…a submissive wife tells a tale of how her husband’s passing liberated her sexual and health reproductive rights from tyranny of mother-in-law.
Nthabiseng Hlasoa* aged 28 of Ha-Masupha in the Machache constituency is getting ready to leave Nazareth Health Centre after her weekly appointment at the centre.
She is among hundreds of nursing mothers who access health services at the centre.
Despite being situated some 3KM away from her village, she prefers services offered at health centre which she says are better.
Hlasoa is a mother to a 10 months’ baby boy, her second child.
Her gloomy face is that of a happy new mother who is determined to raise her child within the bounds of good health care.
She smiles when telling this reporter, she had to stop using injection family planning method to conceive her bundle of joy.
“My partner and I are devoted on using a condom now that I’m a nursing mother. Soon after I nursing my baby I think I will go back to using contraceptives pills although I have problems with their side effects,” she says.
Hlasoa is among many women in Lesotho who use contraceptives catered for by the system.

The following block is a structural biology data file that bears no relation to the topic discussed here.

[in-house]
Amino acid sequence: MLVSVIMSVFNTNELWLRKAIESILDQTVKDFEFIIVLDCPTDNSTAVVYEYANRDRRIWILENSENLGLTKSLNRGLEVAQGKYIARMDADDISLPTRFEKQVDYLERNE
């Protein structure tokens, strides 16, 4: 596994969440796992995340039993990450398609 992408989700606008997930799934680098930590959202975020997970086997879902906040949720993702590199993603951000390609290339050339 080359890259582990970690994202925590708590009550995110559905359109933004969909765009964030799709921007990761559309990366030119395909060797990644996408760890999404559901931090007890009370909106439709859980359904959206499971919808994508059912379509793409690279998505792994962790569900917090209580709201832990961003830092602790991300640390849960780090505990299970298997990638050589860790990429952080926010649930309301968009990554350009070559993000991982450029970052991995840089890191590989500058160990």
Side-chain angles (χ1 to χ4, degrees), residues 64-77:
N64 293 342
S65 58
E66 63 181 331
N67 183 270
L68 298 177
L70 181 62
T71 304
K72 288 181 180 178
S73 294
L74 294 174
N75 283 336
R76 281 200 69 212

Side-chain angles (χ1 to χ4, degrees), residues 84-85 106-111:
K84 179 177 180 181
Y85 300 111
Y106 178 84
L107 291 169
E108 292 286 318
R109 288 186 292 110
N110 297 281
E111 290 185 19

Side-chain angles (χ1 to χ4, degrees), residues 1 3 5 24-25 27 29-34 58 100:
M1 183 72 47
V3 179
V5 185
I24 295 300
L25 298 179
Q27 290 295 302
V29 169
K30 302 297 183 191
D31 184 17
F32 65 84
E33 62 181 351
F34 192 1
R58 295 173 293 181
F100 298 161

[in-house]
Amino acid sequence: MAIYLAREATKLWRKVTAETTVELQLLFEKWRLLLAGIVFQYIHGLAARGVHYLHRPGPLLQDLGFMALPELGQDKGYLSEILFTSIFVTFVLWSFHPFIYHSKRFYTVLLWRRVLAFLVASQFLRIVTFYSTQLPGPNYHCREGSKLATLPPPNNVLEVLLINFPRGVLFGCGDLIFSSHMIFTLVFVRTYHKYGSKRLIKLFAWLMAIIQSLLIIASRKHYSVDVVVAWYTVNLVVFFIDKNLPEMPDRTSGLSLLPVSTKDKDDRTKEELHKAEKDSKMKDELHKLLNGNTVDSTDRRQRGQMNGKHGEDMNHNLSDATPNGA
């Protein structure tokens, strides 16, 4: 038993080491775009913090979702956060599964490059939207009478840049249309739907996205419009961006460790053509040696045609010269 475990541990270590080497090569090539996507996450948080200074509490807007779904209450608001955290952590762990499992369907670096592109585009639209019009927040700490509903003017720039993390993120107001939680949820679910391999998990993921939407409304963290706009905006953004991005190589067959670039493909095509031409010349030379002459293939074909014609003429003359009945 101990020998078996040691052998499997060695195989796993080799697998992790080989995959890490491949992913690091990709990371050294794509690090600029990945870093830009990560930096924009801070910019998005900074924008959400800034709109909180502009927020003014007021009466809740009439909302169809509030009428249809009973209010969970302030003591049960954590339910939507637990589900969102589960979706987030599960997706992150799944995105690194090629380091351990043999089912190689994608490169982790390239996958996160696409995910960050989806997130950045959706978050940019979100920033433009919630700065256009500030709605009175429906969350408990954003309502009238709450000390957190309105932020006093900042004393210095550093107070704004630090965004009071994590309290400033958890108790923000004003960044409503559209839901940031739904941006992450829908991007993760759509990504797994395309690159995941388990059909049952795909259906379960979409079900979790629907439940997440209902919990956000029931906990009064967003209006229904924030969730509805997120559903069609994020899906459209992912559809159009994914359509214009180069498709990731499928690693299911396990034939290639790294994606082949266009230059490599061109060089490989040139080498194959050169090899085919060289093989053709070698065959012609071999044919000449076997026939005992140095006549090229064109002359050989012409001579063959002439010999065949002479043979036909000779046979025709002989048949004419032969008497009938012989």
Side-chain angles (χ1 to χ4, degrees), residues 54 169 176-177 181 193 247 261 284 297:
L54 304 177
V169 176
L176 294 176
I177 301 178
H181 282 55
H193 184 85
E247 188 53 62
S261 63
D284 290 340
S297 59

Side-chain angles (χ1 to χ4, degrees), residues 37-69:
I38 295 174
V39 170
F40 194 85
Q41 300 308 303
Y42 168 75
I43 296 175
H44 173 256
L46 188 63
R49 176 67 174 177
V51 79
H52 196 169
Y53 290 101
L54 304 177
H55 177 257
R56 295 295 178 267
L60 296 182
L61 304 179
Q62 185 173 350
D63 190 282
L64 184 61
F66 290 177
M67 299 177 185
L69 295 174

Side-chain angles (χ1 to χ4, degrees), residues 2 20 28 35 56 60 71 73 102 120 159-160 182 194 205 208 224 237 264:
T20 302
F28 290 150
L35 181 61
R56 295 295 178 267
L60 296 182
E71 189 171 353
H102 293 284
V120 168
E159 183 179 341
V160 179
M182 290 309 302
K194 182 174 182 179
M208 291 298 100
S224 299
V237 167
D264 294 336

Her uncertainty however puts her under the 18 percent of women with unmet contraceptives needs.
Living with HIV and in the remote village of Ha-Masupha, Hlasoa tells this reporter she first had a child at tender age of 21. She was then hurriedly married off after discovering of her pregnancy.
Not ready and without any knowledge of what marriage entailed, she abided by her parents’ conclusion and was married to her older male companion.
She described her relationship with her deceased husband as pressured and under duress.
“I was a child and inexperienced about what sex is or how best to protect myself with the use of contraceptive methods. We were in a relationship but I can’t really say I loved him; I was scared of him and every time he demanded to have sex I let him do as he pleased,” she says recalling her submissive love story.
With sorrow filled eyes, Hlasoa recalls how her first induction as a daughter-in-law changed her life and vision of life. She further reminisce how her obliviousness about her sexuality deprived her off her essential sexual and reproductive health rights as a woman.
“He had a job, so that made it easy for my parents to just push me over to his family. I was their burden. My mother-in-law had me confined to her dictates alone and refused me access to antenatal clinic services arguing only traditional remedies were a culture in her household,” Hlasoa says narrating the ordeal newlywed women in Lesotho undergo at the hands of their mothers-in-law.
Hlasoa, with teary eyes, says despite efforts by elderly women in her village to get her mother-in-law to change her mind, there was no winning.